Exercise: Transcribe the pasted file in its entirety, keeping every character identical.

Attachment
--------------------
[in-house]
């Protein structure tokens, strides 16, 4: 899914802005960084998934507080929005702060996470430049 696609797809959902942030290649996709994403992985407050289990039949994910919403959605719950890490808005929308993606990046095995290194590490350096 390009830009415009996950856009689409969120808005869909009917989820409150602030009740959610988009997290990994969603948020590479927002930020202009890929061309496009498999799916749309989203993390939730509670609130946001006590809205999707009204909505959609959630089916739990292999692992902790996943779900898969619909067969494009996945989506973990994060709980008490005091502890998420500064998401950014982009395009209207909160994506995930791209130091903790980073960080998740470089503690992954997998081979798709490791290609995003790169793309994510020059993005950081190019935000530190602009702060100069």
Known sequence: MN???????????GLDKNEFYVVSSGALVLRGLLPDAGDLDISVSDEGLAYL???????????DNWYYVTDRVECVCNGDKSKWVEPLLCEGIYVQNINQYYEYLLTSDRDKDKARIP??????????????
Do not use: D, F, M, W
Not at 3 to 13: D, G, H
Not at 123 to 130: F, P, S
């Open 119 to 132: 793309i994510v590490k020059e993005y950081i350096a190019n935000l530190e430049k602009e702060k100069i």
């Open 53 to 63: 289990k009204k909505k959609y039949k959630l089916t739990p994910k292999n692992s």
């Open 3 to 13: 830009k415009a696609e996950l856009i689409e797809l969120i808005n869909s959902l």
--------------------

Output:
[in-house]
């Protein structure tokens, strides 16, 4: 899914802005960084998934507080929005702060996470430049 696609797809959902942030290649996709994403992985407050289990039949994910919403959605719950890490808005929308993606990046095995290194590490350096 390009830009415009996950856009689409969120808005869909009917989820409150602030009740959610988009997290990994969603948020590479927002930020202009890929061309496009498999799916749309989203993390939730509670609130946001006590809205999707009204909505959609959630089916739990292999692992902790996943779900898969619909067969494009996945989506973990994060709980008490005091502890998420500064998401950014982009395009209207909160994506995930791209130091903790980073960080998740470089503690992954997998081979798709490791290609995003790169793309994510020059993005950081190019935000530190602009702060100069």
Known sequence: MN???????????GLDKNEFYVVSSGALVLRGLLPDAGDLDISVSDEGLAYL???????????DNWYYVTDRVECVCNGDKSKWVEPLLCEGIYVQNINQYYEYLLTSDRDKDKARIP??????????????
Do not use: D, F, M, W
Not at 3 to 13: D, G, H
Not at 123 to 130: F, P, S
């Open 119 to 132: 793309i994510v590490k020059e993005y950081i350096a190019n935000l530190e430049k602009e702060k100069i």
């Open 53 to 63: 289990k009204k909505k959609y039949k959630l089916t739990p994910k292999n692992s």
């Open 3 to 13: 830009k415009a696609e996950l856009i689409e797809l969120i808005n869909s959902l």